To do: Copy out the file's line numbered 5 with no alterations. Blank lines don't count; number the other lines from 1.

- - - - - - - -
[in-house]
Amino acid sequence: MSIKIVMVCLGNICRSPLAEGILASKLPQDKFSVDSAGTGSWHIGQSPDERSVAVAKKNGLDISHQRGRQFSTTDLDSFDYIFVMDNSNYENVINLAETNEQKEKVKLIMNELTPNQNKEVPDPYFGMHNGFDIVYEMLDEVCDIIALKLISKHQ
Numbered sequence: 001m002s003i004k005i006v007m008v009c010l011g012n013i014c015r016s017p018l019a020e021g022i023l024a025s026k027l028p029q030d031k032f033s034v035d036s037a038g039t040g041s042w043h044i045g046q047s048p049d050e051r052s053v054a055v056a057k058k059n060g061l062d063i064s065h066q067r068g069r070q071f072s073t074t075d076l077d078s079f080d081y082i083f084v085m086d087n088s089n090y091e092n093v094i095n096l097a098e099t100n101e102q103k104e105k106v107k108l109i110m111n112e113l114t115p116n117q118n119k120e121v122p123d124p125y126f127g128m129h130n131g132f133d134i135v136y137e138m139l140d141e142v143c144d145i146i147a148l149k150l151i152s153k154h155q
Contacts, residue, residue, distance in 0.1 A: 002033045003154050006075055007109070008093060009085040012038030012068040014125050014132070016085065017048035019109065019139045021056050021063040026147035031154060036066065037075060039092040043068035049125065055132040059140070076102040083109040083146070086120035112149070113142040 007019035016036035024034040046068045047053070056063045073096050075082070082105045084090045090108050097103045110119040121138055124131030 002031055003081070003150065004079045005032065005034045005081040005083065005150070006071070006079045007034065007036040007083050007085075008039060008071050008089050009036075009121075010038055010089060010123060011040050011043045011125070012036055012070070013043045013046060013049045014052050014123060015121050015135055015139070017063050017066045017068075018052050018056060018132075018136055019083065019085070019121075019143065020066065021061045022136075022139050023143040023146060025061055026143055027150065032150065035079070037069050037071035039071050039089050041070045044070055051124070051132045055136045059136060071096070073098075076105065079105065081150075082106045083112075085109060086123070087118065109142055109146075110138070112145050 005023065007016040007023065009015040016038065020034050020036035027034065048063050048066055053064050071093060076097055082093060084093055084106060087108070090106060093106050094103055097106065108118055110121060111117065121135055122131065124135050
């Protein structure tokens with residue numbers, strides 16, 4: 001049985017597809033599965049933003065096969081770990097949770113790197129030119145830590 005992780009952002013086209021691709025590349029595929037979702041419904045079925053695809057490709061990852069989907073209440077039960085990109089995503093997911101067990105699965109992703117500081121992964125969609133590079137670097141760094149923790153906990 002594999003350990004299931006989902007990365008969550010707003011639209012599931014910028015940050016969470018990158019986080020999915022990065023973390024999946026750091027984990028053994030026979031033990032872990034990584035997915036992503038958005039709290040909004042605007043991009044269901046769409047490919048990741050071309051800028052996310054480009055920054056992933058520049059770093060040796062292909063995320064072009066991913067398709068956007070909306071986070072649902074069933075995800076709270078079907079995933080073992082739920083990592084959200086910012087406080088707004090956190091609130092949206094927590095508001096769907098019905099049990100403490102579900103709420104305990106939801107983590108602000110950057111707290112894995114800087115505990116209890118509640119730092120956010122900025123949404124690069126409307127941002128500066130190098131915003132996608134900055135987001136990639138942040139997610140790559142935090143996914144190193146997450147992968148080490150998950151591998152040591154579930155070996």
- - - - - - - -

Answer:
């Protein structure tokens with residue numbers, strides 16, 4: 001049985017597809033599965049933003065096969081770990097949770113790197129030119145830590 005992780009952002013086209021691709025590349029595929037979702041419904045079925053695809057490709061990852069989907073209440077039960085990109089995503093997911101067990105699965109992703117500081121992964125969609133590079137670097141760094149923790153906990 002594999003350990004299931006989902007990365008969550010707003011639209012599931014910028015940050016969470018990158019986080020999915022990065023973390024999946026750091027984990028053994030026979031033990032872990034990584035997915036992503038958005039709290040909004042605007043991009044269901046769409047490919048990741050071309051800028052996310054480009055920054056992933058520049059770093060040796062292909063995320064072009066991913067398709068956007070909306071986070072649902074069933075995800076709270078079907079995933080073992082739920083990592084959200086910012087406080088707004090956190091609130092949206094927590095508001096769907098019905099049990100403490102579900103709420104305990106939801107983590108602000110950057111707290112894995114800087115505990116209890118509640119730092120956010122900025123949404124690069126409307127941002128500066130190098131915003132996608134900055135987001136990639138942040139997610140790559142935090143996914144190193146997450147992968148080490150998950151591998152040591154579930155070996």